Change is all around us and that means traditional ideas of belonging and how humans connect are being challenged.

According to BBC Radio 3 host Philip Dodd, “Belonging is the most compelling cultural and political question of our time. Anywhere across Europe the issue stares back at us. Who are we? Who belongs? Who doesn’t?”

Though change can be daunting, it’s also exhilarating and exciting. New ideas are born out of change.
And an open attitude to constant change is one of the pillars of true belonging. Not fitting in, but really belonging. It’s a concept that’s both complicated and challenging. As one of my readers eloquently said, our inner belonging is formed by outer world relationships, but those outer world relationships must be nurtured with compassion. Simply understanding our own belonging could take a lifetime. But we also need to be open to those from cultures or countries we’re not familiar with.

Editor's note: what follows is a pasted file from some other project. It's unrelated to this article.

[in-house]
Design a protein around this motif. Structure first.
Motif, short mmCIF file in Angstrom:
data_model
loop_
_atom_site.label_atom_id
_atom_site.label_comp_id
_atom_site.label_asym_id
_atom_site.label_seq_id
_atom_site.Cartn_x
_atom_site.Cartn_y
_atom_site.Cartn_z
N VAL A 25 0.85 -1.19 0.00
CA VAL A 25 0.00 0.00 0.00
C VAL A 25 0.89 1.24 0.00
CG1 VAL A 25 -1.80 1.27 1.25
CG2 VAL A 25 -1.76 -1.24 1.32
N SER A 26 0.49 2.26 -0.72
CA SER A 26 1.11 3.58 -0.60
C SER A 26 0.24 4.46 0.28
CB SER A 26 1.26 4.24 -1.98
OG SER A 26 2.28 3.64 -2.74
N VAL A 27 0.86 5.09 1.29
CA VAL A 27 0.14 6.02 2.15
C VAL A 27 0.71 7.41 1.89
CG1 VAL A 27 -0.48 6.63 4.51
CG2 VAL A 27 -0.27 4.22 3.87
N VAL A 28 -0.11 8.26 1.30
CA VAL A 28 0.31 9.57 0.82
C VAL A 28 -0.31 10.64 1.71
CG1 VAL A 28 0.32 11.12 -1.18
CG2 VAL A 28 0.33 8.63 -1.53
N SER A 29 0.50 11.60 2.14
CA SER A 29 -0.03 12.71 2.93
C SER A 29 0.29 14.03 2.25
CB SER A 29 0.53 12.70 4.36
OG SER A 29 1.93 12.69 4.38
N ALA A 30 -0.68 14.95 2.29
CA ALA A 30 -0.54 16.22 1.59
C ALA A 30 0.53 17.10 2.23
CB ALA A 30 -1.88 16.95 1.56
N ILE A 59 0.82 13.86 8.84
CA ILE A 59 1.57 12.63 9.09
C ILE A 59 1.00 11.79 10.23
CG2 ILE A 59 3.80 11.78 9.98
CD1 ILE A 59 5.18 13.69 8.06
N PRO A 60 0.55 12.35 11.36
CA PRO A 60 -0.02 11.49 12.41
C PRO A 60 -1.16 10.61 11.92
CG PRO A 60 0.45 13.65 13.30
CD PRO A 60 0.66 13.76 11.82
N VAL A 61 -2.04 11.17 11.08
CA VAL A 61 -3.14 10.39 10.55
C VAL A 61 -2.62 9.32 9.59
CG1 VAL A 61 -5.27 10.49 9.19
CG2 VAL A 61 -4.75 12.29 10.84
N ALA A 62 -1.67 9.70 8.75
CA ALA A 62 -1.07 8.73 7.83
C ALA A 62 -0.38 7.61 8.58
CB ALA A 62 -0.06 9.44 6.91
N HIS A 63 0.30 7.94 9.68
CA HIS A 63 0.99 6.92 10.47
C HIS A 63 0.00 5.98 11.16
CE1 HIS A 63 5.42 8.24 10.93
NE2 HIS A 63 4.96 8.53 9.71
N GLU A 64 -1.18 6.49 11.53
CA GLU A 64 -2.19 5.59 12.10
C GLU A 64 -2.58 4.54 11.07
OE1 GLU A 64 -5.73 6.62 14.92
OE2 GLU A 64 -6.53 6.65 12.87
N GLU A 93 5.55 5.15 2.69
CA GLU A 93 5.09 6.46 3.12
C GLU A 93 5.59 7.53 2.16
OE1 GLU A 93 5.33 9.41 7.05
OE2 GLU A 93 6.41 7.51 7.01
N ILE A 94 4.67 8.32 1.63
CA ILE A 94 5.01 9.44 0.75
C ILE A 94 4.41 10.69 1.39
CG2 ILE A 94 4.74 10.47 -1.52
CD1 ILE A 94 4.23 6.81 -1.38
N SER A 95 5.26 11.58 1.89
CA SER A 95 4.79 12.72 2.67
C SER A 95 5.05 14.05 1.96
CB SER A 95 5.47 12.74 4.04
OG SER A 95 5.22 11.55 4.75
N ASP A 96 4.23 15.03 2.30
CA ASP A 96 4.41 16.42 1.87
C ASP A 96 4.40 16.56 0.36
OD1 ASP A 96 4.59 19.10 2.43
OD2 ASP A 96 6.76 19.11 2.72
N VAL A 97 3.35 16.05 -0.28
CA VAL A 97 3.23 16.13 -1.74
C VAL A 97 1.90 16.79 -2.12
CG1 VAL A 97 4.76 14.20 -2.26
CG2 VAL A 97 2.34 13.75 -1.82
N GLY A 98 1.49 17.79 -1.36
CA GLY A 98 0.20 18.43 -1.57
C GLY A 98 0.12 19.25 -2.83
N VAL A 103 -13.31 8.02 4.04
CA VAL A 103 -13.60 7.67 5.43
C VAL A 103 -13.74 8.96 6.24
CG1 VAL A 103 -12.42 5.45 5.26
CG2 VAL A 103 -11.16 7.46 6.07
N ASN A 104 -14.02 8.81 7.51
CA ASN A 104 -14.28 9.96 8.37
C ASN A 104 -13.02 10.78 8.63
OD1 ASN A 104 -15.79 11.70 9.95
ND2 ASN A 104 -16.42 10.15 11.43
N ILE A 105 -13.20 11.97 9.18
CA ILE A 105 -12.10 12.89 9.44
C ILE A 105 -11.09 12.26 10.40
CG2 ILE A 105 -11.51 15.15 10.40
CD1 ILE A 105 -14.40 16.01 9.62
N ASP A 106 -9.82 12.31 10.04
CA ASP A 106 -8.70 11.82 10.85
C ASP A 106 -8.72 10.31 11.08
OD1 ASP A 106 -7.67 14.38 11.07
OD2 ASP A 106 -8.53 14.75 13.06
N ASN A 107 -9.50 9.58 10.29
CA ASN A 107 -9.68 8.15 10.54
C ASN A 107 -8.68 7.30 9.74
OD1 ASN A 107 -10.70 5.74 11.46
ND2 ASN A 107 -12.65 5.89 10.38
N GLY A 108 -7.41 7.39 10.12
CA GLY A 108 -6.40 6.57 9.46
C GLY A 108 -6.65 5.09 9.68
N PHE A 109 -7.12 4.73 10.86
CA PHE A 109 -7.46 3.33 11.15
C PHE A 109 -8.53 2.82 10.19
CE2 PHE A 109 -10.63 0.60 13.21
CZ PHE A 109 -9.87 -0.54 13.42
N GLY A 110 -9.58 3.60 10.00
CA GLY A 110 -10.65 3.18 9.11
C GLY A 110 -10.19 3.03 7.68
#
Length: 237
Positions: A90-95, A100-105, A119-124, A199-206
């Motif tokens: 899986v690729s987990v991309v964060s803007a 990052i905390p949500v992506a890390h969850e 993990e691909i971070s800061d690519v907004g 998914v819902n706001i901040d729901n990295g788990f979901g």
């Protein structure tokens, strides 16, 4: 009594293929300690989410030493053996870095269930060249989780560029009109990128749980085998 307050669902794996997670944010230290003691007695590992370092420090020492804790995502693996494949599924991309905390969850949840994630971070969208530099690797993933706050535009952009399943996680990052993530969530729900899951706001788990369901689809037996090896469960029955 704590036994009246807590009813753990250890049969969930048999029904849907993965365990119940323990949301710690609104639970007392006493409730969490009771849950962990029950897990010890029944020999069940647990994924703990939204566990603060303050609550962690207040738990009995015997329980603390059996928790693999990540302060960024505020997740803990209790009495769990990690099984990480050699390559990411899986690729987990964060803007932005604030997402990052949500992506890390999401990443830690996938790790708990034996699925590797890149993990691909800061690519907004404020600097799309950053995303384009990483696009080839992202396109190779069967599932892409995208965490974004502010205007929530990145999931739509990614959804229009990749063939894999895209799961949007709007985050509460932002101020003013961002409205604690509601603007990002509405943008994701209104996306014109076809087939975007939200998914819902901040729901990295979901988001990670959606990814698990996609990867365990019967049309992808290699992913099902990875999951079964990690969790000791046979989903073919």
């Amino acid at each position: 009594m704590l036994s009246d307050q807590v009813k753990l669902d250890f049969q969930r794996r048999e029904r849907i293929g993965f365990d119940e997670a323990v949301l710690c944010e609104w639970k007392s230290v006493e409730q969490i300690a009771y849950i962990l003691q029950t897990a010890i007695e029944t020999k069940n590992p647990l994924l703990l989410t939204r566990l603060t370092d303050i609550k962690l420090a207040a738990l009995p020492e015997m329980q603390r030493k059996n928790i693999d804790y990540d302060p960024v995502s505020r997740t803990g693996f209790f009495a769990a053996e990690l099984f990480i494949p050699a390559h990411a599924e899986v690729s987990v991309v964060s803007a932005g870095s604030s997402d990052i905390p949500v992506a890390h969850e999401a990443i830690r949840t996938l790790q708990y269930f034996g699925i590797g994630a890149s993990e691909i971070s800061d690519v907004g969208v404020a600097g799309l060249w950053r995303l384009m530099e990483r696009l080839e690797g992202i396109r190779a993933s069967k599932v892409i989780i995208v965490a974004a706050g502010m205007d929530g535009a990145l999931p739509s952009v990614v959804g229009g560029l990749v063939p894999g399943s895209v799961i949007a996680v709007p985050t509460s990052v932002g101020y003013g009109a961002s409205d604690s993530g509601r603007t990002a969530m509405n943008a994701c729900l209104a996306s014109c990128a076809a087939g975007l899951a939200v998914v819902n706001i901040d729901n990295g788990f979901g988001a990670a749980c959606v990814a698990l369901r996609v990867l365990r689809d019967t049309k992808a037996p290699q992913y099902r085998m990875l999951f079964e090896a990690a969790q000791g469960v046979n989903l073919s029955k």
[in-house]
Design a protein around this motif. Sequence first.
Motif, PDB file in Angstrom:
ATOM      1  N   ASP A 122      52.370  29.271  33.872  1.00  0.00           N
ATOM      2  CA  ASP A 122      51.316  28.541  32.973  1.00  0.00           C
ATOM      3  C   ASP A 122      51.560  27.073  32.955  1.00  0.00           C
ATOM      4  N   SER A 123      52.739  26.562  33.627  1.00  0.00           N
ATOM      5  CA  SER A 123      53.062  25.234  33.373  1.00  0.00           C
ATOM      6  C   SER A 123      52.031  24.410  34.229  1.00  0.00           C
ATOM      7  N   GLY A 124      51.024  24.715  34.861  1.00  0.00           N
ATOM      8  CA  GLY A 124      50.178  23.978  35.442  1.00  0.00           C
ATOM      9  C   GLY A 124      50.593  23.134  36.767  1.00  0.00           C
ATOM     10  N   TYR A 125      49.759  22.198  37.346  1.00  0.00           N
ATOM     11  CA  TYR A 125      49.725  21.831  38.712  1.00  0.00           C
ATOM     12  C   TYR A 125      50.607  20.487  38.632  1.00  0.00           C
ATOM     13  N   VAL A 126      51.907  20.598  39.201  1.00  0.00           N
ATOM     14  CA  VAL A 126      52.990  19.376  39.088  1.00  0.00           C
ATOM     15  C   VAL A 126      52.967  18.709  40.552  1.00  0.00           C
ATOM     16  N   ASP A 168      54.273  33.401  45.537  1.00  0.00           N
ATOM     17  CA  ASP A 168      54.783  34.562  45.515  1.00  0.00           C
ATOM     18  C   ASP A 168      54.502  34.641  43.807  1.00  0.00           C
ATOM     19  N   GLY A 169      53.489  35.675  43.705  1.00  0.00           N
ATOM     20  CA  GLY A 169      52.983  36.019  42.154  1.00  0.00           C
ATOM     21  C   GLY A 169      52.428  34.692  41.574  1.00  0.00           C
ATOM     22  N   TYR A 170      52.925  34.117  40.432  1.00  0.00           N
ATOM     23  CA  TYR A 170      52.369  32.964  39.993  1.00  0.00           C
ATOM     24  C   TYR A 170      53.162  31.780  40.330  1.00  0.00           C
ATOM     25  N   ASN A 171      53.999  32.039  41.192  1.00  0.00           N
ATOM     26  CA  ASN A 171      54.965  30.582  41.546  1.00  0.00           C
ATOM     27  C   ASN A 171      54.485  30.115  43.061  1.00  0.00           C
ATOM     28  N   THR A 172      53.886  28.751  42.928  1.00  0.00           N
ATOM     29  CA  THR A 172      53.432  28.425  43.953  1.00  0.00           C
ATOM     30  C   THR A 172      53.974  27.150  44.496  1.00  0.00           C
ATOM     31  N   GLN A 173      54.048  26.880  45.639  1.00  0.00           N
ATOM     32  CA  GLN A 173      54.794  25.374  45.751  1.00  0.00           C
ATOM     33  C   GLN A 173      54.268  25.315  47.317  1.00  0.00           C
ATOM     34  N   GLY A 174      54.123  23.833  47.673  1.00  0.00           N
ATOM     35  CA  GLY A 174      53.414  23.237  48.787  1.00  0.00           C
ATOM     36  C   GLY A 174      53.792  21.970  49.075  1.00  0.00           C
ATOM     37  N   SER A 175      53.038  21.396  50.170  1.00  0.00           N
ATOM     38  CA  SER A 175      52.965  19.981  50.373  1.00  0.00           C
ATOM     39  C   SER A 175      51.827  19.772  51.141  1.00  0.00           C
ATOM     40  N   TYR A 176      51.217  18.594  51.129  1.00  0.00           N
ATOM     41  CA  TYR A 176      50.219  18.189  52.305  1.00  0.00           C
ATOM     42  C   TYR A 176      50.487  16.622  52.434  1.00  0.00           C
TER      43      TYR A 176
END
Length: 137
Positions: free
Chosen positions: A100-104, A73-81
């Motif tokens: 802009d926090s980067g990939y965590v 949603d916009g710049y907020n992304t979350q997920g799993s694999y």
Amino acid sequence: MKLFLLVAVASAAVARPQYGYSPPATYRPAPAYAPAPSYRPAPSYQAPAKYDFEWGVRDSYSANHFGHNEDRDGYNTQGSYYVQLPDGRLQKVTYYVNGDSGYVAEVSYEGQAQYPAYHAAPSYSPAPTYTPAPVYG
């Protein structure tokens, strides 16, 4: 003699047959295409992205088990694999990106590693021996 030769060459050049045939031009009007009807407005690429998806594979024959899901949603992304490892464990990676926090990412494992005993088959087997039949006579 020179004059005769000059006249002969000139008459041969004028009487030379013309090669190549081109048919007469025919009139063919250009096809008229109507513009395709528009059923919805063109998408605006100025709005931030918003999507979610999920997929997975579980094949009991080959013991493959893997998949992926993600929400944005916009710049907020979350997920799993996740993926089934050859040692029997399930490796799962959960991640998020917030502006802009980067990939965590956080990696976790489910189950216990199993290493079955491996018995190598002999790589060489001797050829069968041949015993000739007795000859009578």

True belonging comes from questioning ourselves, embracing difference and diversity, being engaged and empathetic. It’s about including other people, not excluding them, and accepting rather than simply tolerating those who are different. Belonging is about respect. It’s about trying to connect with the universal Other, not alienate or isolate her or him. It’s about having a voice and being heard. It’s about learning. It’s about living with uncertainty.

Am I passionate, obsessed or just single-minded? Well perhaps all three, but deep down I’m just a writer and a journalist with a hint of wanderlust, who’s looking for answers.

Want to know how UK super star philosopher Alain de Botton struggles with belonging, or how belonging found writer and playwright Lisa Southgate?